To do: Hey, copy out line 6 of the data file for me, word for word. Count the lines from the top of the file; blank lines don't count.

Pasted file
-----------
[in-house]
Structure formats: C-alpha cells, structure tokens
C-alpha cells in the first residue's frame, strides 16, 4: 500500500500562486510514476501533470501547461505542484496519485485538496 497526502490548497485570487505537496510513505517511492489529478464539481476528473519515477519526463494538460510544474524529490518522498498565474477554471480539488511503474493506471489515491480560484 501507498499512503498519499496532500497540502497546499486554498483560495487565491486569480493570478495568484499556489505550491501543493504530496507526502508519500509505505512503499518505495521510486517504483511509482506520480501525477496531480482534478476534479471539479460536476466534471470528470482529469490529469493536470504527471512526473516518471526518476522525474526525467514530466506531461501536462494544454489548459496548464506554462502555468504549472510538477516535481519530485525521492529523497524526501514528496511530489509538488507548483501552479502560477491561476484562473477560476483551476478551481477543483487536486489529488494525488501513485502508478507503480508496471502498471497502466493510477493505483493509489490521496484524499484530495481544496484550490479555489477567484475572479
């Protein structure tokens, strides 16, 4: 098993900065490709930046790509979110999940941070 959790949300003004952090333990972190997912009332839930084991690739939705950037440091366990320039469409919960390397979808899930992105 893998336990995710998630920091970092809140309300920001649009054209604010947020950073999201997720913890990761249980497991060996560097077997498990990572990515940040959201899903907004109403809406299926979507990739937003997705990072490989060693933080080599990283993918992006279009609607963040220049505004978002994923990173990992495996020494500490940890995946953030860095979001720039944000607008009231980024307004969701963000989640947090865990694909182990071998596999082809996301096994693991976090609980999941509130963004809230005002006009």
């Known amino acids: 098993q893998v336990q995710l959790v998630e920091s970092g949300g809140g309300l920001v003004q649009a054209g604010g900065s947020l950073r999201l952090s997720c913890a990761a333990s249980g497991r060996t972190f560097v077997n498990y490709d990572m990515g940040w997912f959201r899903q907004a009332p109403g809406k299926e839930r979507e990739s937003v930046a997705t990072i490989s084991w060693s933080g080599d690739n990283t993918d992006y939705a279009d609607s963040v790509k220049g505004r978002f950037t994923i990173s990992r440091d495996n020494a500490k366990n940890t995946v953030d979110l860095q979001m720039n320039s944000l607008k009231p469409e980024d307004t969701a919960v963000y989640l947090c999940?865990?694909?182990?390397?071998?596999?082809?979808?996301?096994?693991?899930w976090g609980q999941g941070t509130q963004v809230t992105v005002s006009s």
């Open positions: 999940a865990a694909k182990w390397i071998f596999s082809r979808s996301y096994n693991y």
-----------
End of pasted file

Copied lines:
């Open positions: 999940a865990a694909k182990w390397i071998f596999s082809r979808s996301y096994n693991y």